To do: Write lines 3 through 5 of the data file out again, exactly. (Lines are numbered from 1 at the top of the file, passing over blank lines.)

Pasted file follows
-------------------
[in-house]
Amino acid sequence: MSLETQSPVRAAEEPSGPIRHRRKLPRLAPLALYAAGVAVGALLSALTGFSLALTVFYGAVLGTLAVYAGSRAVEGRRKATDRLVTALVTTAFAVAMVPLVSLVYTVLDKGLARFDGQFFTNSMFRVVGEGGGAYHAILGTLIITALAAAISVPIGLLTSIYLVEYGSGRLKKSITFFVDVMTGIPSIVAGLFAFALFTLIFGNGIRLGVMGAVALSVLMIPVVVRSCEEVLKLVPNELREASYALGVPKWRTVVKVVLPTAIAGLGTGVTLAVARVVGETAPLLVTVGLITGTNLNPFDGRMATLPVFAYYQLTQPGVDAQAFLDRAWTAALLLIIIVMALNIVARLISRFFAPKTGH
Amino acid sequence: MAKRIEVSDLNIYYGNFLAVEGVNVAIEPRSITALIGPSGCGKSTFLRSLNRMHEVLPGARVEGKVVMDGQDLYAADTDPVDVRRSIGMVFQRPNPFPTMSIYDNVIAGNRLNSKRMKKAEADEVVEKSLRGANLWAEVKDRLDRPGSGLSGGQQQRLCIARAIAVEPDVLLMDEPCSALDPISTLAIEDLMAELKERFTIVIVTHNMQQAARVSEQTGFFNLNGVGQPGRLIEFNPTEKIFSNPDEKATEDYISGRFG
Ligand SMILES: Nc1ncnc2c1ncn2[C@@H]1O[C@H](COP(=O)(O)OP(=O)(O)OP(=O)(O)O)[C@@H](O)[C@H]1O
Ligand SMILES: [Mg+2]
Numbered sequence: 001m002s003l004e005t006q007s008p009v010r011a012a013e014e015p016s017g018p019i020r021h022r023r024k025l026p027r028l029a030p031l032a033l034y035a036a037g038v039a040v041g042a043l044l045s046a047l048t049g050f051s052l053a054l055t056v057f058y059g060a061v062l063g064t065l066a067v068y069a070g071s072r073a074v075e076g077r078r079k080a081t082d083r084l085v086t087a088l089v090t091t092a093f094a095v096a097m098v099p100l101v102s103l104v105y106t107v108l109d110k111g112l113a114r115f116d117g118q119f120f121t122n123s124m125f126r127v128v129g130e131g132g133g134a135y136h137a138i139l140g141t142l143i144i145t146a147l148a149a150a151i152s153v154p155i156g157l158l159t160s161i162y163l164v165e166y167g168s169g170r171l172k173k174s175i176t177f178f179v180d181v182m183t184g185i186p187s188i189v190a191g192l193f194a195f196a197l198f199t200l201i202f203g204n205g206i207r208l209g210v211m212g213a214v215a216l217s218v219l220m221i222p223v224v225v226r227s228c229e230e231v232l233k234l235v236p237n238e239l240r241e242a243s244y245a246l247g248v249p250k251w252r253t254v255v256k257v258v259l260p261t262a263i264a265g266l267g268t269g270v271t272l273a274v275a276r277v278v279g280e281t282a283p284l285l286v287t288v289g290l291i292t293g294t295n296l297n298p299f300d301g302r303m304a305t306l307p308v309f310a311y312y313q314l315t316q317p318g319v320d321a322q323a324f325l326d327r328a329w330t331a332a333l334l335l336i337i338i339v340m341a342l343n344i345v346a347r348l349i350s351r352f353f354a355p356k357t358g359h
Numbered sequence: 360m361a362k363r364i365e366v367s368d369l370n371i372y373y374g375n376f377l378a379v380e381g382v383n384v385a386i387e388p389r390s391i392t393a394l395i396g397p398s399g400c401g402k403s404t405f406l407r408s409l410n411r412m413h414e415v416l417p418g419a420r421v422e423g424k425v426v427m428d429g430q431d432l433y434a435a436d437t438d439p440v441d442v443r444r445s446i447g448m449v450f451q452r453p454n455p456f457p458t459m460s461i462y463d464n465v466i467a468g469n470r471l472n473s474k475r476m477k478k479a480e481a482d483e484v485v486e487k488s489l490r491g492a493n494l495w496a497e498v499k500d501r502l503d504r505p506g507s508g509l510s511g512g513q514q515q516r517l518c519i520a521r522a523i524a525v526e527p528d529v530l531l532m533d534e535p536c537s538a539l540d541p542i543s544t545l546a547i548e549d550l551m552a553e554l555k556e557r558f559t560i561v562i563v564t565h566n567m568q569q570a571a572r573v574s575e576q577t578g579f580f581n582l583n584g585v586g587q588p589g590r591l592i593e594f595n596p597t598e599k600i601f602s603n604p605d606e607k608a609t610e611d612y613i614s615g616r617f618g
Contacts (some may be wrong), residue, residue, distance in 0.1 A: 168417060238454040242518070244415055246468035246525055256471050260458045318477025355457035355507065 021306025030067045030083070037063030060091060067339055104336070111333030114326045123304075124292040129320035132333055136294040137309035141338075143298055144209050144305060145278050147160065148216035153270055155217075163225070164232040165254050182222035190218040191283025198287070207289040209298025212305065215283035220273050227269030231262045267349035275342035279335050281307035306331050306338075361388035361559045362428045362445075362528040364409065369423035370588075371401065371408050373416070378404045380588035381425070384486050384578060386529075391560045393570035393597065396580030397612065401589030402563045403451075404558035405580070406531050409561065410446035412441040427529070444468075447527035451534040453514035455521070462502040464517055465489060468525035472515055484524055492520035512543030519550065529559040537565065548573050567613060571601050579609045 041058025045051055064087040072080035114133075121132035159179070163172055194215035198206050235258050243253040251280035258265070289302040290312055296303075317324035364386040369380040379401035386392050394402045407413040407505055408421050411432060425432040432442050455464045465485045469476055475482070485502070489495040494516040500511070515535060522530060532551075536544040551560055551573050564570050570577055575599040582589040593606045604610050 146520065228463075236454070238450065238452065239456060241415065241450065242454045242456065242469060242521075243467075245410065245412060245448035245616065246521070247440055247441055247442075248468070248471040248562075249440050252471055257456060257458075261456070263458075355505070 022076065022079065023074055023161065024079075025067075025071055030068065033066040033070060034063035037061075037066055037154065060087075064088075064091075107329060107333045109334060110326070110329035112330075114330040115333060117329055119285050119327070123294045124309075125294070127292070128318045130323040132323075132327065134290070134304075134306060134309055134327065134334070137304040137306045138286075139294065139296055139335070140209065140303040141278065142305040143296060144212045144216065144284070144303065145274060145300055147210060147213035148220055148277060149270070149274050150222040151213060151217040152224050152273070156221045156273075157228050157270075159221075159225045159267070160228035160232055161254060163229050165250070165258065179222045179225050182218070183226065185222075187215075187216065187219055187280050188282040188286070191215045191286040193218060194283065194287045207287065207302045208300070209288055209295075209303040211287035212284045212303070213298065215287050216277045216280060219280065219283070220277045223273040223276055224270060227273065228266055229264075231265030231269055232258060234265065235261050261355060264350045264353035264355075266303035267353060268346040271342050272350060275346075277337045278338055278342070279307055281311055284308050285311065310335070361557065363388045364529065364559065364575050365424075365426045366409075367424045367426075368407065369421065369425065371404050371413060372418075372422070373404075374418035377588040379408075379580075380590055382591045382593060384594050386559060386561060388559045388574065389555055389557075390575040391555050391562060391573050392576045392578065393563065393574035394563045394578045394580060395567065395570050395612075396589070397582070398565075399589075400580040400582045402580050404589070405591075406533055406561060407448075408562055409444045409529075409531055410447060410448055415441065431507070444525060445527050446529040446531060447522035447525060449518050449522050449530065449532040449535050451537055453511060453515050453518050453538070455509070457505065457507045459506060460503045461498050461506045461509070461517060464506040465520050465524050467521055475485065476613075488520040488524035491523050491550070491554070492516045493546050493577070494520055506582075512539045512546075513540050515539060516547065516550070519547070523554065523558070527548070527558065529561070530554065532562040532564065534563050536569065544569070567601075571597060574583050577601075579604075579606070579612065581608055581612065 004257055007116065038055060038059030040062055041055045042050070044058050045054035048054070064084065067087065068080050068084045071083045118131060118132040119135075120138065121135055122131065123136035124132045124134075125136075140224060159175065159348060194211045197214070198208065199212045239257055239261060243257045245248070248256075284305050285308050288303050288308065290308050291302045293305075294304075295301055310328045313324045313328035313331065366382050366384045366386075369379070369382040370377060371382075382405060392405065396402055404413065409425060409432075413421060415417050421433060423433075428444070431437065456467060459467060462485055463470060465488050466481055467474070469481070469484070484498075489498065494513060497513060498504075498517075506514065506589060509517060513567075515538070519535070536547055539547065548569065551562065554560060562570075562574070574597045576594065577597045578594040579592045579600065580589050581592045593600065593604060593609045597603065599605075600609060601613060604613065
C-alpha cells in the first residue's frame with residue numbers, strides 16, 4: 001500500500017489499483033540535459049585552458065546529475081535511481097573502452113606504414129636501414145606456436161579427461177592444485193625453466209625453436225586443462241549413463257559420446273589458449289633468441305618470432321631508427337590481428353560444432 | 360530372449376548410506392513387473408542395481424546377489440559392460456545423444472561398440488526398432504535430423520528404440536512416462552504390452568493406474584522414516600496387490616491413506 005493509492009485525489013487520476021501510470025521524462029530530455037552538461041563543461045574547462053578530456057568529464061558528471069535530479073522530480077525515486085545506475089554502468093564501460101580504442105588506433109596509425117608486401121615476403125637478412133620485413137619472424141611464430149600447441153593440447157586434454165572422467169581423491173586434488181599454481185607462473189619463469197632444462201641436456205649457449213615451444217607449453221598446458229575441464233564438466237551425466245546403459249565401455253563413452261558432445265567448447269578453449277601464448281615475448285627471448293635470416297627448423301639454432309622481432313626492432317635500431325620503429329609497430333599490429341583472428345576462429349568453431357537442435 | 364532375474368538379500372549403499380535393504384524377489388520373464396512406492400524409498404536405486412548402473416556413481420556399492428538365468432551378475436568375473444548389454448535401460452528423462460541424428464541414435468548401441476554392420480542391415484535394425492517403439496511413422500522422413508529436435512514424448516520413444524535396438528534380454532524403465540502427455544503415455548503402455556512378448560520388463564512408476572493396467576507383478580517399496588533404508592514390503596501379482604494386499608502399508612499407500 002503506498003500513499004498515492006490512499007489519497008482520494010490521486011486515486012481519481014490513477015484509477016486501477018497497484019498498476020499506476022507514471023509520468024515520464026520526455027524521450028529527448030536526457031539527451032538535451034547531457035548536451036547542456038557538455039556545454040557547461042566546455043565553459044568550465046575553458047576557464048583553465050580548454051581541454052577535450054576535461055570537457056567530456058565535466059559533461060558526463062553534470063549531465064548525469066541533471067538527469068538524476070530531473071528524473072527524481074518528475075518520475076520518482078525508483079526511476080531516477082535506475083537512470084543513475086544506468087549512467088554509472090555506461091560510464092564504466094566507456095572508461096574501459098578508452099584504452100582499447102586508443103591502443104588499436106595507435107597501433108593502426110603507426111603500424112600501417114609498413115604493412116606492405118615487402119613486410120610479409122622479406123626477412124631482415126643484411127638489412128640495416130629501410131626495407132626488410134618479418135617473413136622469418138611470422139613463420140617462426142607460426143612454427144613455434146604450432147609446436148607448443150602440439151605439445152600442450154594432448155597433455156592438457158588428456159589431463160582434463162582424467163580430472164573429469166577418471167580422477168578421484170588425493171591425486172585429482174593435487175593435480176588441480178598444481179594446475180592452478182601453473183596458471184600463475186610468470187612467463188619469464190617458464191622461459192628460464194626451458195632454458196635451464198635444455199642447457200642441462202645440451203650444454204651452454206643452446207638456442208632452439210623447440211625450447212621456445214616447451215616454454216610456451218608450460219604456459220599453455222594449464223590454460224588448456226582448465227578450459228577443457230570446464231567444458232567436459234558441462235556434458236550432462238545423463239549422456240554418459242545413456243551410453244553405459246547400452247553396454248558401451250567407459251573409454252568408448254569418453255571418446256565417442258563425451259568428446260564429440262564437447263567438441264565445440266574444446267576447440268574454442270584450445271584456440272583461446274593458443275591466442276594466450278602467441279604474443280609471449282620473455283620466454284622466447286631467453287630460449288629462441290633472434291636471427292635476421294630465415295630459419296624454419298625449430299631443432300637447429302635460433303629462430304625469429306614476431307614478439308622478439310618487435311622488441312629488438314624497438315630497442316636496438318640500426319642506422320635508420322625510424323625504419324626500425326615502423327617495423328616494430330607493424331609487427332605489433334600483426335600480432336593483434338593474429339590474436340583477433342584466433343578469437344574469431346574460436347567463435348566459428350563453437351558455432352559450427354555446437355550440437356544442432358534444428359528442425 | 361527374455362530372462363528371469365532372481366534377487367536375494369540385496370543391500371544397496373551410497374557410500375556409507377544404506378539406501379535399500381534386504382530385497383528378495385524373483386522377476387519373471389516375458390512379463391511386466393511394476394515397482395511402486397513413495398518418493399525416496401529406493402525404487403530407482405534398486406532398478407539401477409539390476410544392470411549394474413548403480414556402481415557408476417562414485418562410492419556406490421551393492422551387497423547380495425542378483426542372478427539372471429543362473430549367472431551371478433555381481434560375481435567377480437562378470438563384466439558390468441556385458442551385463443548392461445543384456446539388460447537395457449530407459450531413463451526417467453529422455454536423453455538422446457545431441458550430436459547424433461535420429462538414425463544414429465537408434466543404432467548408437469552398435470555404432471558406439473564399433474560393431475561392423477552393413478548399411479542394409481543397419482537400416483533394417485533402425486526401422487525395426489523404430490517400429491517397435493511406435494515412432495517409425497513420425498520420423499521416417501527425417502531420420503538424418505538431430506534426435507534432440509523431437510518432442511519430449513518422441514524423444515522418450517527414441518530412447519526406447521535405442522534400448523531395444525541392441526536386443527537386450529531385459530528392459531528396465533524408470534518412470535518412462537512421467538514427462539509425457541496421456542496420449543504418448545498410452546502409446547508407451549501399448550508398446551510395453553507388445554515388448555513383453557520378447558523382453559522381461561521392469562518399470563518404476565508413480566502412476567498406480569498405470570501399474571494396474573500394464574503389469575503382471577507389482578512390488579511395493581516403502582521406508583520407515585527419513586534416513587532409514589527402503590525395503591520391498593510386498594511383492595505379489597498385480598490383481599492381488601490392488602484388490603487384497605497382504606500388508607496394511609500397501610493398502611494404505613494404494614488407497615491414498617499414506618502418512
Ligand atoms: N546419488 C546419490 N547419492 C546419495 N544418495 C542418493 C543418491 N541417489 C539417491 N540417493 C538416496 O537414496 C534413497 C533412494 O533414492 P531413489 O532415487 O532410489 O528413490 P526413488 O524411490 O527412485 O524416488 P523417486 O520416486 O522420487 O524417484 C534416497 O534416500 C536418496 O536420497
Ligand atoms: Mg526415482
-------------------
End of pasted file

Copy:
Amino acid sequence: MAKRIEVSDLNIYYGNFLAVEGVNVAIEPRSITALIGPSGCGKSTFLRSLNRMHEVLPGARVEGKVVMDGQDLYAADTDPVDVRRSIGMVFQRPNPFPTMSIYDNVIAGNRLNSKRMKKAEADEVVEKSLRGANLWAEVKDRLDRPGSGLSGGQQQRLCIARAIAVEPDVLLMDEPCSALDPISTLAIEDLMAELKERFTIVIVTHNMQQAARVSEQTGFFNLNGVGQPGRLIEFNPTEKIFSNPDEKATEDYISGRFG
Ligand SMILES: Nc1ncnc2c1ncn2[C@@H]1O[C@H](COP(=O)(O)OP(=O)(O)OP(=O)(O)O)[C@@H](O)[C@H]1O
Ligand SMILES: [Mg+2]